Ella Lingens

(Vienna 1909 – Vienna 2002): One of the few “Righteous Among the Nations” from Austria.

Taken away to a concentration camp for helping others

The Israeli Shoah memorial Yad Vashem honours people who tried to save the lives of imperilled Jews during the Nazi era, selflessly, without taking money or valuables. Ella Lingens is one of the 112 people from Austria to have received this accolade from Israel so far. The historian Erika Weinzierl spoke not without reason of “too few righteous ones”, for there were just a few isolated cases where individuals mustered the courage to oppose the murderous plans of the Nazis.

Ella Lingens and her husband Kurt were in contact with Karl Motesiczky – they all studied medicine – and took care of Jews who were under threat as early as 1938 by hiding them in their apartment, accommodating them elsewhere or helping them to escape. In October 1942 they were betrayed. Kurt Lingens was transferred to a penal battalion. Like Karl Motesicky – who perished at Auschwitz in June 1943 – Ella Lingens was deported to Auschwitz in February 1943 after spending several months in prison.

At Auschwitz, she was put to work as an inmate doctor at the women’s camp in Birkenau – without any experience of medical practice. She witnessed how SS doctors like Josef Mengele exploited the situation to carry out their ruthless experiments on prisoners in order to raise their profiles as doctors. A compelling passage in the autobiography describes her transfer to the Polish block as a punishment, where as a “German” she was initially met with mistrust. However, her self-confidence, and probably also the fact that she learned Polish, enabled her to gain her fellow inmates’ trust. In December 1944, she was transferred to Dachau, where she was liberated. Her son, born in 1939, had survived in Carinthia. He did not recognise his mother when she returned in 1945; her hair had turned completely white.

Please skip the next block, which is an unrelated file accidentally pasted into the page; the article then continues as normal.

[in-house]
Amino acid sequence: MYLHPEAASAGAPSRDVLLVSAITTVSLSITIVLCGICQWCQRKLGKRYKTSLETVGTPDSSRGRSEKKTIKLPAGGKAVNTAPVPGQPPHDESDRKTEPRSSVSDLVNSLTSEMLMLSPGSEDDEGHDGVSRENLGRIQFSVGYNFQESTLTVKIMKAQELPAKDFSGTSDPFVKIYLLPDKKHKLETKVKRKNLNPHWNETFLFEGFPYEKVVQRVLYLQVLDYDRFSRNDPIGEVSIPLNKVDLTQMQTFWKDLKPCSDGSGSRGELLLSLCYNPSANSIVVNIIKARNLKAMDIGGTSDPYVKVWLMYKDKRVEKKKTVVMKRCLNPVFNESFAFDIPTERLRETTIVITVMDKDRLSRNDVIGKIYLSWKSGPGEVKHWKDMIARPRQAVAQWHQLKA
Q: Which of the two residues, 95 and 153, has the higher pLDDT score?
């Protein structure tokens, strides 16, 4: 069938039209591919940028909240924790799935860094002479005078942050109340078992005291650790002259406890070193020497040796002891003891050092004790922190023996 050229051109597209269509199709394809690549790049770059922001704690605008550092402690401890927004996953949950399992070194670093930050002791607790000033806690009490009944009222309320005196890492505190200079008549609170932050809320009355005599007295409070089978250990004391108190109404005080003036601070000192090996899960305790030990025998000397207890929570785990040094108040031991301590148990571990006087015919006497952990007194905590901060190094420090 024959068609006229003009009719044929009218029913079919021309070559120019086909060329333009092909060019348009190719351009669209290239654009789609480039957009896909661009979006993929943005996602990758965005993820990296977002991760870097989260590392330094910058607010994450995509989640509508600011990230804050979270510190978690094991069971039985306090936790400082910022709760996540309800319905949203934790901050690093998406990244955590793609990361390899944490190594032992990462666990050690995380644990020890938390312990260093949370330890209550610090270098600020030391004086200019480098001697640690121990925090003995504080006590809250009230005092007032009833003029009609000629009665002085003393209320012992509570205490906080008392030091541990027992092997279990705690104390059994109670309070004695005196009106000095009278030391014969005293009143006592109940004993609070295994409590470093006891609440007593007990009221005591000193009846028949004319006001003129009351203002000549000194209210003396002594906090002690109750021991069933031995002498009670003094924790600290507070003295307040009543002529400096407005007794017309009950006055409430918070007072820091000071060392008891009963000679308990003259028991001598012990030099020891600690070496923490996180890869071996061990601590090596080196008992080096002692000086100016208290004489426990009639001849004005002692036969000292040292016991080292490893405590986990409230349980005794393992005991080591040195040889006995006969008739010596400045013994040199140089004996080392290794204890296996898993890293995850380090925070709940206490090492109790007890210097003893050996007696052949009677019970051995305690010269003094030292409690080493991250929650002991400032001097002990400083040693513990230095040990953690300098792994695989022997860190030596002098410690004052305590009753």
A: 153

Her memoirs, published in English in 1948, are among the most important early autobiographical texts by an Auschwitz survivor. According to her son, the journalist Peter Michael Lingens, the book was initially unsuccessful, partly because she was against a lack of nuance from the outset; she showed that the SS guard force did not consist only of monsters and that victims were by no means all heroes and heroines. She did not pull any punches and, in an effort to be objective, also described aspects that were at odds with the simplistic narrative tropes that were starting to become ingrained.

The SS guards at the concentration camp repeatedly asked her why she, as an “Aryan German”, had made herself culpable of the offence of “favouring Jews”, including the head guard Maria Mandl: Whether she would try to get Jews out of the country again if she could? At one point in the memoirs Lingens calls Mandl a “monster” and describes how she struggled to find an answer to that question. To explode with rage or consternation in her presence would have been futile. “To maintain integrity before such people was to cast pearls before swine. ‘There are no Jews left in Vienna,’ I said, evading the question.”

Ella Lingens remained active in the field of remembrance throughout her life, testifying for example at the Frankfurt Auschwitz trial and the Austrian Auschwitz trial. During a school visit, a pupil asked her if she would have done the same if she had known the consequences: “I was speechless for a moment. And then I said, ‘I don't know’”.


Ella Lingens, Gefangene der Angst. Ein Leben im Zeichen des Widerstandes, Vienna-Frankfurt am Main 2003.

Ilse Korotin (ed.), „Die Zivilisation ist nur eine ganz dünne Decke …“. Ella Lingens (1908–2002). Ärztin – Widerstandskämpferin – Zeugin der Anklage, Vienna 2010.